In the pre-digital era C-Suite growth and risk priorities were treated as distinct agenda items for the board. Executives controlled the growth levers and could manage them through what now look like stable and predictable circumstances, reporting progress every quarter along with plans to deliver into the future. Looking back through the rear view mirror helped guide next steps. Boards focused largely on protecting the enterprise from risk.
How times have changed. Boards are being pushed to pivot and adapt. Sustainable, healthy growth requires transformation of a brand’s products and services, a deeper understanding of whom they serve and how they deliver. The risk of failing to innovate is real. Innovation is a performance requirement, not an abstraction. Boards are vital to meeting this requirement, but can only do so with the right mindset, role, and manner of engagement on the innovation agenda.
Consider these eight focus areas for 2019:
1. Defining “innovation.” Innovation can be polarizing. It conjures up coolness and threat, inevitability and unpredictability, attraction and avoidance. A proposed definition: Innovation is the development of viable new marketplace opportunities. “Viable” means operationally and economically feasible, scalable, compliant, and able to be delivered to target customers. “New” may be new to the company, sector, customer segments, geography, or even the world. “Opportunities” suggests ways to grow and strengthen the business, remain competitive, take advantage of where trends are heading, and establishing new points of arrival.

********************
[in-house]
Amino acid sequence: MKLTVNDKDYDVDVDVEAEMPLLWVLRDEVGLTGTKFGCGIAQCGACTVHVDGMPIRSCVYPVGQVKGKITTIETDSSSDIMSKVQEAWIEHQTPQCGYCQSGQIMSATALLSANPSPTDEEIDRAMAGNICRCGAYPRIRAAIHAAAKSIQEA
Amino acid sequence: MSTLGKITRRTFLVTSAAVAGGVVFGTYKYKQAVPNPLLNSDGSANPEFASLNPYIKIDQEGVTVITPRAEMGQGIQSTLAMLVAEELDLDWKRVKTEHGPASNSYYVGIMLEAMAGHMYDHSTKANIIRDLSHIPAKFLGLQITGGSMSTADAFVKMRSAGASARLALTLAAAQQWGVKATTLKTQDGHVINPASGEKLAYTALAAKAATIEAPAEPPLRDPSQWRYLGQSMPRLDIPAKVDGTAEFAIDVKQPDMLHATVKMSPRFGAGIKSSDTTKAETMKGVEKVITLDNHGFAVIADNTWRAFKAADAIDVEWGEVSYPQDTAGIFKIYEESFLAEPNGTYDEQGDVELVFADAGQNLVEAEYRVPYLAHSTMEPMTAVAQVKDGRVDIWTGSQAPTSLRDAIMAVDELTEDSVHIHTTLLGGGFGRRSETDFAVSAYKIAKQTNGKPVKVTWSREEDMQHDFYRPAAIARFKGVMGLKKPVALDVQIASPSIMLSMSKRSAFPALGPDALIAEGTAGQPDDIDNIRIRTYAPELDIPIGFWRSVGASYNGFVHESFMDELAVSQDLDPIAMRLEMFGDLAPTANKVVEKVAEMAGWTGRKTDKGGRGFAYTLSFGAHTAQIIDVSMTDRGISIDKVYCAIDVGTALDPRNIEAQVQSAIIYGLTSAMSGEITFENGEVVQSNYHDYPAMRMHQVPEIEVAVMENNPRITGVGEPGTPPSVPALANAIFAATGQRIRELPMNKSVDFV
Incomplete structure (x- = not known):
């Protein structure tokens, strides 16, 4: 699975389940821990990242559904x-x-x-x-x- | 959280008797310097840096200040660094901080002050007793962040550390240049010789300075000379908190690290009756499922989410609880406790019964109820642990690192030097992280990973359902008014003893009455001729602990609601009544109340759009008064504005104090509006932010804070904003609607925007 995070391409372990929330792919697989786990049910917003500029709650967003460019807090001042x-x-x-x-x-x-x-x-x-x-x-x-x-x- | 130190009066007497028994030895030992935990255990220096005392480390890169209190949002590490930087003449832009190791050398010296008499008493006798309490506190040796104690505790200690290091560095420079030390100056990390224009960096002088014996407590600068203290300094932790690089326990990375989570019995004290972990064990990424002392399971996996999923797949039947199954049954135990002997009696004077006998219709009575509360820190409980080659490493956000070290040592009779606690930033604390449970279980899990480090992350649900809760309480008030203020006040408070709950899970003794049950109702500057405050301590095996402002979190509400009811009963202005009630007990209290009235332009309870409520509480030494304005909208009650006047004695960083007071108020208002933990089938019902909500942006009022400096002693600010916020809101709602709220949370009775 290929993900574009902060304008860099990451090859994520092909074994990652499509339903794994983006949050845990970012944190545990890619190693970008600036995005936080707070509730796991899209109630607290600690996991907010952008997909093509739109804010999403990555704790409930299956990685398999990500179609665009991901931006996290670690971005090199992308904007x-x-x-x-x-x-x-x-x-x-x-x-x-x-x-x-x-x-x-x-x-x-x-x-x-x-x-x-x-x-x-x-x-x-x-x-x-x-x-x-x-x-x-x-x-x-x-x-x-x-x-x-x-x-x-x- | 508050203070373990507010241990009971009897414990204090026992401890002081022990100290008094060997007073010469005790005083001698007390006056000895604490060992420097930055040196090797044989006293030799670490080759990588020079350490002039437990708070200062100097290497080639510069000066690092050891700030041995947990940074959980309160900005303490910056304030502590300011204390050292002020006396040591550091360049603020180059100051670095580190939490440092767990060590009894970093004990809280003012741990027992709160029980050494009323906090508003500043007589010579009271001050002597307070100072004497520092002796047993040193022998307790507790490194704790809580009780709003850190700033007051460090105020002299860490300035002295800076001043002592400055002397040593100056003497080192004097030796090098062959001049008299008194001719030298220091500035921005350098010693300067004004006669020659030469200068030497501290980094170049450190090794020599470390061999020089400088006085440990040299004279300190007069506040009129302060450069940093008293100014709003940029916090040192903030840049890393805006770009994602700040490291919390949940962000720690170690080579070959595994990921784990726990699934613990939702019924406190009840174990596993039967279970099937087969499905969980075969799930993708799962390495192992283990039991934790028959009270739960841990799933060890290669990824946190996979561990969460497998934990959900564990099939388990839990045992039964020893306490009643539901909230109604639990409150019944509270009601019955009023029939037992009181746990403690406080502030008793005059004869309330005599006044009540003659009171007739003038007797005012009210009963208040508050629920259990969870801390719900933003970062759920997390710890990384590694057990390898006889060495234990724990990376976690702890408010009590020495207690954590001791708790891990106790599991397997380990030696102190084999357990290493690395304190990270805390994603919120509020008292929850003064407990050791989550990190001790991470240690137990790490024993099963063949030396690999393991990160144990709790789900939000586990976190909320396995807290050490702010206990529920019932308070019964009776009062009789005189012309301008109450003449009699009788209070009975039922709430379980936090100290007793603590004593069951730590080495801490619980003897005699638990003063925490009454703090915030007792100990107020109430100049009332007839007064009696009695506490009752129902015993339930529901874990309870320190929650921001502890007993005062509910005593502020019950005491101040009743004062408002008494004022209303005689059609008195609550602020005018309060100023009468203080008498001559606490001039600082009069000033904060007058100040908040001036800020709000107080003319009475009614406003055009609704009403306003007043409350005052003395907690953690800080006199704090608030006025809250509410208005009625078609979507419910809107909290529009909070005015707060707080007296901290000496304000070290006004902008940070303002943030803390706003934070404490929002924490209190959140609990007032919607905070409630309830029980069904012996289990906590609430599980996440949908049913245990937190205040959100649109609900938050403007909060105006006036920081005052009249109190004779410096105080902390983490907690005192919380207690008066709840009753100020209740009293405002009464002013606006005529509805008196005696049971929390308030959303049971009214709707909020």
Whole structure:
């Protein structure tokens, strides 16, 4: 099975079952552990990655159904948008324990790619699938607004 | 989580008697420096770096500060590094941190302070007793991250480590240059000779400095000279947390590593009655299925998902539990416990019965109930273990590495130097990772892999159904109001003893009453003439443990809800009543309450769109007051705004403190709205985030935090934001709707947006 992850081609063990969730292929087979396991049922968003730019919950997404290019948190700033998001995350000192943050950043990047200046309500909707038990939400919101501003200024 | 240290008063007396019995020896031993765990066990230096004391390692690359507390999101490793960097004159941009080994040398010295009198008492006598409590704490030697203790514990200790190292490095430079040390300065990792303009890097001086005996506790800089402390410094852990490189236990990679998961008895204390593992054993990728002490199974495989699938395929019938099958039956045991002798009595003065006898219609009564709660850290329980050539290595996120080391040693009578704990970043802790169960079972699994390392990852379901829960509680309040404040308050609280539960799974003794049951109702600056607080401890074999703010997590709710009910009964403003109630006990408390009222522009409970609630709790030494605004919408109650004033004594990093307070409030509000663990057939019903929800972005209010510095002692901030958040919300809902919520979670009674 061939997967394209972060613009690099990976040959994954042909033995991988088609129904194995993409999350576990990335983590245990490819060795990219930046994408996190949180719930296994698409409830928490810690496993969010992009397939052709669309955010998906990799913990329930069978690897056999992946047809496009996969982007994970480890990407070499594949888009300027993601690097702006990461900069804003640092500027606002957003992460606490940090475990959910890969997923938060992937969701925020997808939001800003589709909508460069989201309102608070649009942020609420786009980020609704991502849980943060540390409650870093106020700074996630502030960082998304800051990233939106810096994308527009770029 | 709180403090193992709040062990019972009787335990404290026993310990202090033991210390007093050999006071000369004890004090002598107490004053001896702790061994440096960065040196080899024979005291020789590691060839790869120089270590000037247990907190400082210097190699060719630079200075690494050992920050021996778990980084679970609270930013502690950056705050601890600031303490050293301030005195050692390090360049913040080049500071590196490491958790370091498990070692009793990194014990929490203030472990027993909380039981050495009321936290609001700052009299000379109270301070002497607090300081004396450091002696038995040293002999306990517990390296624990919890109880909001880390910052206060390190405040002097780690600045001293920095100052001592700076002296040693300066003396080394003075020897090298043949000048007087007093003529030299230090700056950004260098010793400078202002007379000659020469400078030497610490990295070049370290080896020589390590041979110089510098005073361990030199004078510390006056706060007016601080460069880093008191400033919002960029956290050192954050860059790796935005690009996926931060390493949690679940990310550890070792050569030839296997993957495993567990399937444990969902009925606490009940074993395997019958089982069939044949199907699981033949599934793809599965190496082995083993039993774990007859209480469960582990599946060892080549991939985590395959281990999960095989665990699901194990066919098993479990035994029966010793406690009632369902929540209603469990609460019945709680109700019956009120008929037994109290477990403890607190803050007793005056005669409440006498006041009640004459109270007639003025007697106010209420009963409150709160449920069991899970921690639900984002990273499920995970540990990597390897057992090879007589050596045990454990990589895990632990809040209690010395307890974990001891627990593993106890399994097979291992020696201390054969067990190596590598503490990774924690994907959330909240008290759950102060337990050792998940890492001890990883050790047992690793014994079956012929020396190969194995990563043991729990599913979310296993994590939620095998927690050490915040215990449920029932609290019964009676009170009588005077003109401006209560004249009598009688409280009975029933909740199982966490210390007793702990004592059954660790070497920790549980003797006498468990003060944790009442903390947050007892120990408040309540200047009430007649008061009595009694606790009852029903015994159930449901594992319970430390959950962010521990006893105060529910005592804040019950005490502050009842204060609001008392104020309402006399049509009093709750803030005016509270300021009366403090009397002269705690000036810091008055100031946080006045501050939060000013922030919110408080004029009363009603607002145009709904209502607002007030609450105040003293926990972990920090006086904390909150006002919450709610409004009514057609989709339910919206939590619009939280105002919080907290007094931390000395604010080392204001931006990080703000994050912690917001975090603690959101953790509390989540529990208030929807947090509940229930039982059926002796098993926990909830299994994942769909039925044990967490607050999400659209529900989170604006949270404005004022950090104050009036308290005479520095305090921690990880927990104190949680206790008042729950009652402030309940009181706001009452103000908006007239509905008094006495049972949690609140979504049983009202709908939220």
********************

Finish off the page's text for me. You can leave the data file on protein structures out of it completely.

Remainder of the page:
2. Reframing failure as an essential. Address the biggest blocker inhibiting executives: expecting and accepting failure. In the early stages of developing a new concept, don’t let the risks of what can go wrong overshadow potential that may not be quantifiable or even imaginable. Only the board can empower and hold the CEO accountable for innovation results, including creating the psychological safety net allowing for failure to occur as a natural part of success.
3. Aligning to brand purpose and business strategy. The annual strategy offsite is a great place to start, but being part of the conversation about these innovation prerequisites should not be just a once-a-year event. Innovation does not happen on a fiscal year cycle. Innovation is not a technology problem. Innovation performance starts with a clear brand purpose, a business strategy fixated on serving target customers, and a business system aligned for execution and stakeholder impact.
4. Developing the right metrics. One of the fastest ways to sink a great innovation is to assess its potential using legacy metrics that are unrealistically precise for an immature concept, and that miss the drivers of a new business model. For the moment, set aside financial statement outcomes normally attached to mature, scale businesses. Instead, expect to see testing data revealing insight about the customer behaviors that define and drive the line items in the financial statements.